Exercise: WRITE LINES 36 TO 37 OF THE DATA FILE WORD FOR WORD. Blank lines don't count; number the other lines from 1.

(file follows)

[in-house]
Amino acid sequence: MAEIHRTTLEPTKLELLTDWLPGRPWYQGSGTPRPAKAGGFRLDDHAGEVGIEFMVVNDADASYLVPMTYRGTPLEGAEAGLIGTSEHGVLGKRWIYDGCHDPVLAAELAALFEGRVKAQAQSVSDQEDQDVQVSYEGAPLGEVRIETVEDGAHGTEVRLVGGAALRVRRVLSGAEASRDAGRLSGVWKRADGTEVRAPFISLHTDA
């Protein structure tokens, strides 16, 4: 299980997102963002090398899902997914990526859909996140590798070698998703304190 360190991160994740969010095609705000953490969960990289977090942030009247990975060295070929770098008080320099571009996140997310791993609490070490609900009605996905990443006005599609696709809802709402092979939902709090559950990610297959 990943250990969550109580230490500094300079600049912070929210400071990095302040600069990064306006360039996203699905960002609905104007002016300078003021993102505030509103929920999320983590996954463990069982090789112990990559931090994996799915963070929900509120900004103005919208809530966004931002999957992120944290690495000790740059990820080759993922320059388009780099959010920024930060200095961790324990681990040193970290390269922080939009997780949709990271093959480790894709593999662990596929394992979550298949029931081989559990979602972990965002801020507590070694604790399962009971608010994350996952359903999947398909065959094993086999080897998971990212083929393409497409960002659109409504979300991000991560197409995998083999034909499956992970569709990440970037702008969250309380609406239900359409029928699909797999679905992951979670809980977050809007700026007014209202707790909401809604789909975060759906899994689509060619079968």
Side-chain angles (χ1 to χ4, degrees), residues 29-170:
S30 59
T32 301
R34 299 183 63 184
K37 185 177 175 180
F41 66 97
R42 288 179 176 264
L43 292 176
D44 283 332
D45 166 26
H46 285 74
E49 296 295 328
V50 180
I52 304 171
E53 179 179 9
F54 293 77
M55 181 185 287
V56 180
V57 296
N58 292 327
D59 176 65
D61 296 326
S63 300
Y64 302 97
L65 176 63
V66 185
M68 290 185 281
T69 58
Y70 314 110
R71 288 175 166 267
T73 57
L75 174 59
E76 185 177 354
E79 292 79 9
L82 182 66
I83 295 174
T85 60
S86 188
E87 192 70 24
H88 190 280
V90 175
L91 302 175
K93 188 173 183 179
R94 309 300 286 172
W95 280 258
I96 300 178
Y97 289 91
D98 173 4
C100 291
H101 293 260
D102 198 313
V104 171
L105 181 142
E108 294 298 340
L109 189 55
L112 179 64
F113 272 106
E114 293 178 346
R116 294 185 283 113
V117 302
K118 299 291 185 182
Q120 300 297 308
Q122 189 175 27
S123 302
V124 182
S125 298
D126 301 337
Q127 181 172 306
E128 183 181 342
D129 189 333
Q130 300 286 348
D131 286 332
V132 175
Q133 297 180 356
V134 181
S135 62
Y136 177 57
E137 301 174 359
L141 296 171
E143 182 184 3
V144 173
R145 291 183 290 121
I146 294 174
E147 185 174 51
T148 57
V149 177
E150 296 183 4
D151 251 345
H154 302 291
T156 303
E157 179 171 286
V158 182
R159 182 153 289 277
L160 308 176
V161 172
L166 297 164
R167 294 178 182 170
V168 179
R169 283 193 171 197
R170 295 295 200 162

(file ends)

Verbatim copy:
E76 185 177 354
E79 292 79 9